This is not a God that can't forgive sin unless he kills his Son.
Jesus did not die because God was a monster that could not forgive sin and would torture eternally the mildest sinner. It was not God who needed to be saved. He has always been wonderful. Everything he has done has always been redemptive and has always been good. God did not change when Jesus died.
Jesus died because we are monsters. Look at Paul's description of us:
There is none righteous, no, not one. …
Their throat is an open grave; with their tongues they have deceived;
The poison of asps is under their lips; their mouth is full of cursing and bitterness.
Their feet are swift to shed blood.
When Paul wrote, "All have sinned and fallen short of the glory of God," he was not talking about cheating on a 6th grade math test. He was talking about those things I just quoted from Romans 3. "All have sinned and fallen short of the glory of God" (Rom. 3:23)immediately follows that awful description of humans in general.
Worse, according to the Bible, at least for the majority of us, there's not much we can do about it. "How to perform what's good I cannot find" (Rom. 7:18).
Now that's a problem worth dying for!
And that's the problem Jesus did die for …
For what the Law could not do, because it was weak through the flesh, God did. By sending his own Son in the likeness of sinful flesh, as an offering for sin, he condemned sin in the flesh, so that the righteous requirement of the Law might be fulfilled in us who do not walk after the flesh but after the Spirit. (Rom. 8:3-4)
Polycarp was a disciple of the apostle John and one of the most respected leaders of the early 2nd century. A letter to the Philippians from him is preserved for us.
He who raised [Christ] up from the dead will raise up us also, if we do his will, walk in his commandments, and love what he loved, keeping ourselves from all unrighteousness. (ch. 2)
Awesome! So now we wicked people with the poison of asps under our lips and whose feet are swift to shed blood can "put to death the deeds of the body by the Spirit" and live (Rom. 8:13).
That was worthy dying for.
And it doesn't make a monster out of a loving, kind, and merciful God.
When Peter told the Jews in Jerusalem--including the other apostles--about the conversion of Cornelius, the Gentile, they were horrified. Forget the fact that Cornelius had received the Spirit of God, having had his soul cleansed by the blood of Jesus. They were horrified that he'd ... gasp! ... eaten with gentiles!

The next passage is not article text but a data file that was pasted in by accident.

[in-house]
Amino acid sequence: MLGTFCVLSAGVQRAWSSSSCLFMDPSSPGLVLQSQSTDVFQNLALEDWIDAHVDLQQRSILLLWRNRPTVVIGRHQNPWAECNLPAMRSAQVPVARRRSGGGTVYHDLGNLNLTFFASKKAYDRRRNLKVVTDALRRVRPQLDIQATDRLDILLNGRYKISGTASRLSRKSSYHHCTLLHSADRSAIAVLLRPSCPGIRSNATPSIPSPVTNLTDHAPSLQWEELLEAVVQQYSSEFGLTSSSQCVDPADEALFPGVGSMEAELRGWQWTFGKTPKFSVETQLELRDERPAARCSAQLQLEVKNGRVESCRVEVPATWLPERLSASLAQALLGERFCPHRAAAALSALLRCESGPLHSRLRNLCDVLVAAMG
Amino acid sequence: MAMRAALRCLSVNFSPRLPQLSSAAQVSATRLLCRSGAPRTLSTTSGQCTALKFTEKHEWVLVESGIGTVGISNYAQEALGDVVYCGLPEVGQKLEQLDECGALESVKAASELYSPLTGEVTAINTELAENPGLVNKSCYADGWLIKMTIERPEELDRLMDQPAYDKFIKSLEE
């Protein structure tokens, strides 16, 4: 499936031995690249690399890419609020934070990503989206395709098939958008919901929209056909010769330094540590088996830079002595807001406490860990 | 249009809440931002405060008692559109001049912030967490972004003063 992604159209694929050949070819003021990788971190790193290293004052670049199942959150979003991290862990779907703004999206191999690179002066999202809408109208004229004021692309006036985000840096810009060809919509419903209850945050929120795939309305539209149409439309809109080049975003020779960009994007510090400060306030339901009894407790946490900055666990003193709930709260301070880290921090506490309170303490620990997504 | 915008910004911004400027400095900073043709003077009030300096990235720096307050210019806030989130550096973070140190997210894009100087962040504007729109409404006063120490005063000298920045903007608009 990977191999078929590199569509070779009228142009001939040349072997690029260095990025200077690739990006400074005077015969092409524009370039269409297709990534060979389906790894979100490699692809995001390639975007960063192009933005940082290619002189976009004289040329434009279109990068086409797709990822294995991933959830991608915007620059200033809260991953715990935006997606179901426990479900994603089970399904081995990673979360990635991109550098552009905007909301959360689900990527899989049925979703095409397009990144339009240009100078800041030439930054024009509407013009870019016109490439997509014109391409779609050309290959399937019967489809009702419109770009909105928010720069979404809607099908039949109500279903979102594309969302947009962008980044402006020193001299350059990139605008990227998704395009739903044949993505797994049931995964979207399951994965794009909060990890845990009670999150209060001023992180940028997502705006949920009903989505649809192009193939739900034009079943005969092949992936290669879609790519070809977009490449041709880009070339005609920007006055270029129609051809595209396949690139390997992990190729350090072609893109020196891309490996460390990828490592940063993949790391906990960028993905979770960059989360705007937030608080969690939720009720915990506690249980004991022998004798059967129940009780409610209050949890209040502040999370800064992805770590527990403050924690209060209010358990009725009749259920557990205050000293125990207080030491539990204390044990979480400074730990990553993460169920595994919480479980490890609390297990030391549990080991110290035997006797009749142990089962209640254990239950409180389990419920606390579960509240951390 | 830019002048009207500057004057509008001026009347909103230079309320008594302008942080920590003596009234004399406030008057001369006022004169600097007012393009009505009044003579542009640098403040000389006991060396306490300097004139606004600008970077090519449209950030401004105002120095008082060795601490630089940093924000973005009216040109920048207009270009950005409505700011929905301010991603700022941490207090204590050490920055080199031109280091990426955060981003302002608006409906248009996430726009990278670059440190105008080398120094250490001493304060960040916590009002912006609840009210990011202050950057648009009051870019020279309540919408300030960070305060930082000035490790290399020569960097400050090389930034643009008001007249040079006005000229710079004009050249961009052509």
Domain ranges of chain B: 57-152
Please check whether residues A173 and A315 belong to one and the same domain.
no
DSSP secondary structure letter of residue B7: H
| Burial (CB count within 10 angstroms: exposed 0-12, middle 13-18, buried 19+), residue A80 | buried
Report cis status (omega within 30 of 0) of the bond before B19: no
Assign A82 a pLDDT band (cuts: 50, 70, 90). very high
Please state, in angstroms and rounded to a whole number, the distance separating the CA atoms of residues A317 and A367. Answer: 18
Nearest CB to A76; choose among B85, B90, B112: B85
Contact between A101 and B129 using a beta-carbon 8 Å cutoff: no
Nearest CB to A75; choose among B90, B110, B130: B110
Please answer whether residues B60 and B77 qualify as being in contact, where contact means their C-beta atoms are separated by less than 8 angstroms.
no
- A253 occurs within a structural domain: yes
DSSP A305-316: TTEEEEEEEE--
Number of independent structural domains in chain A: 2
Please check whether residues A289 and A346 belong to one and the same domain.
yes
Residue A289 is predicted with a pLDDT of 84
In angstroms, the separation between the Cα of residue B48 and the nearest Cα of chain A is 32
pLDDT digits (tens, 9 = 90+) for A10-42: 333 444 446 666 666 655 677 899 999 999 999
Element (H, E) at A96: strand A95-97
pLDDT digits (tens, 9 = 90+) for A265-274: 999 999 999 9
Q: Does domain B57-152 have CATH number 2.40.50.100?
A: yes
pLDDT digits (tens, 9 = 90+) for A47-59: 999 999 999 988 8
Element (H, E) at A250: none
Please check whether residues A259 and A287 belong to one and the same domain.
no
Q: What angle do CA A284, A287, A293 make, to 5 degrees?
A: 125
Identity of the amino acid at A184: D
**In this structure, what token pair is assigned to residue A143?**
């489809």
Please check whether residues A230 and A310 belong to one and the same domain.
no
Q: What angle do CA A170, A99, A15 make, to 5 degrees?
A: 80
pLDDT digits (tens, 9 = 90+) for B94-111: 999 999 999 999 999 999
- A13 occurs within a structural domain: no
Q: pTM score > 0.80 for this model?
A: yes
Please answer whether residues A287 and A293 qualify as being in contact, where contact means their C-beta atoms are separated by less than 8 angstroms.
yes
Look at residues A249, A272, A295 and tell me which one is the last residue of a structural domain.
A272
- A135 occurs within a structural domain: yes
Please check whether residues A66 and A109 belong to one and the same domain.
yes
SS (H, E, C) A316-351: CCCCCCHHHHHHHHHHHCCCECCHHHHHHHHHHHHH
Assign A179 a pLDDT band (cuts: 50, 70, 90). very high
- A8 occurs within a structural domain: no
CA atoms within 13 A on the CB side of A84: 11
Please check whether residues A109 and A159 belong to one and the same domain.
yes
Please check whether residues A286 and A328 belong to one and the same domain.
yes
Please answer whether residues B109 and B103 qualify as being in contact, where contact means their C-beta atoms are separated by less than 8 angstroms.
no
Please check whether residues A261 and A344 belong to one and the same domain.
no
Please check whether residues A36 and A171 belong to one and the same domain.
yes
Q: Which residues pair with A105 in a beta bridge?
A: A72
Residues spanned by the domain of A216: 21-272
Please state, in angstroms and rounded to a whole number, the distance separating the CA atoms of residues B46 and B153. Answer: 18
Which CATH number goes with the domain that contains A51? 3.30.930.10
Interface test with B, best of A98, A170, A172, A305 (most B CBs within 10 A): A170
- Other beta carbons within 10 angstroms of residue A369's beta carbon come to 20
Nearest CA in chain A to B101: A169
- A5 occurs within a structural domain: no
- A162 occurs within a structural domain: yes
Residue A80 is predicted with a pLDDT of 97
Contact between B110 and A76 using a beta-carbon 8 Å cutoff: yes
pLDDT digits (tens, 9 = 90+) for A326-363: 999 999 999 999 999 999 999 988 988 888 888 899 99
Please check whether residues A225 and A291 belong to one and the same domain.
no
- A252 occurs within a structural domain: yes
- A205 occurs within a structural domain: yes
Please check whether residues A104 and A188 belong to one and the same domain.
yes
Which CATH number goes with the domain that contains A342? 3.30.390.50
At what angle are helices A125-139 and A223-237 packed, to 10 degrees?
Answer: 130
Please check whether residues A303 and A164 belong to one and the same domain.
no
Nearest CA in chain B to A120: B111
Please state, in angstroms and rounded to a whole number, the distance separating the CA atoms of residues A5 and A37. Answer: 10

1 Clement is the only early Christian writing that is almost certainly first century. Clement was a bishop of Rome (whether he was one of the bishops is a debate of major interest to me). He was likely appointed by Paul and Peter.
1 Clement is cited as Scripture by several early Christians and was found attached to the New Testament in the Codex Alexandrinus from the 5th century. It's assumed to have been a part of the 4th century Codex Vaticanus as well.
Let us look steadfastly to the blood of Christ and see how precious that blood is to God, which, having been shed for our salvation, has set the grace of repentance before the whole world.
Let us turn to every age that has passed and learn that … the Lord has granted a place of repentance to all who would be converted to him. Noah preached repentance, and as many as listened to him were saved. Jonah proclaimed destruction to the Ninevites, but they repented of their sins, propitiated God by prayer, and obtained salvation, although they were foreigners to God.
The ministers of the grace of God have, by the Holy Spirit, spoken of repentance. The Lord of all things has personally declared an oath regarding it: "'As I live,' says the Lord, 'I do not desire the death of the sinner, but his repentance'" [Ezek. 33:11] … Because he desires that all his beloved should partake of repentance, he has established these things by his almighty will. [ (chs. 7-8)
After Peter explained what happened, however, they were silent and accepting. This was the work of God.
Their comment, however, should be mulled over by all modern Christians who have been deceived into believing that God forgives sin by killing and sacrifice rather than on the basis of repentance:
So, then, God has given the repentance that leads to life to the gentiles as well. (Acts 11:18)
Even more difficult for us modern Christians is Paul's description of his Gospel:
I was not disobedient to the heavenly vision, but have announced first to those in Damascus and Jerusalem, then to all the regions of Judea, then to the nations, that they should repent and turn to God, doing works worthy of repentance. (Acts 26:20)
Paul said that? Paul did that?
Of course, he also told them that the power for this repentance is found in the grace bestowed upon us by the Lord Jesus Christ in his death …
Sin will not have power over you because you are not under Law but under grace. (Rom. 6:14)
If you walk in the Spirit, you shall not fulfill the lusts of the flesh. (Gal. 5:16)